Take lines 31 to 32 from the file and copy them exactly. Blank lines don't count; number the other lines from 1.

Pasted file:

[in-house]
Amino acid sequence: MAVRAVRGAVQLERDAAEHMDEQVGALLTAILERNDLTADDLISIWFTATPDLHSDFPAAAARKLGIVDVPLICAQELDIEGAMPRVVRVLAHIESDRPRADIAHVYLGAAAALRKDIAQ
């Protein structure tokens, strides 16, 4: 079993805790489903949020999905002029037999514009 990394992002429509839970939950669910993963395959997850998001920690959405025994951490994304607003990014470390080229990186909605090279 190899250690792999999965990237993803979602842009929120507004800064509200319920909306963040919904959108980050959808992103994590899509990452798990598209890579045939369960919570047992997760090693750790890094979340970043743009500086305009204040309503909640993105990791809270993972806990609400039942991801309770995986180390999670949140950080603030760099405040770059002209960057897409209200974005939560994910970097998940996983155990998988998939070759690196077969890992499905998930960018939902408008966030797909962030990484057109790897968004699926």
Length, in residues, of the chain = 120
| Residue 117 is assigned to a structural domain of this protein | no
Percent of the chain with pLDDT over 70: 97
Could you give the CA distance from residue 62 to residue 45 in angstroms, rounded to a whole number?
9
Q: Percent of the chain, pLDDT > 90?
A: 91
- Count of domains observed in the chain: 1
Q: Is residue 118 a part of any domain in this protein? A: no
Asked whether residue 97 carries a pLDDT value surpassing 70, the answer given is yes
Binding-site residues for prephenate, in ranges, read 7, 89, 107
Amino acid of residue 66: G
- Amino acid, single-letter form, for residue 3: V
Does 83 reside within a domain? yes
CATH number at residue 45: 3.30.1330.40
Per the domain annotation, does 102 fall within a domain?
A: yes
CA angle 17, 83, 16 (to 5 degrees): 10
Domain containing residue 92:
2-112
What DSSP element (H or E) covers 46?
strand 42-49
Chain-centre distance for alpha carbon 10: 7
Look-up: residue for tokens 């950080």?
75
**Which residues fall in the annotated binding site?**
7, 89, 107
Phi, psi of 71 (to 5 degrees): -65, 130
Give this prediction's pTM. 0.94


Phi, psi of 71 (to 5 degrees): -65, 130
Give this prediction's pTM. 0.94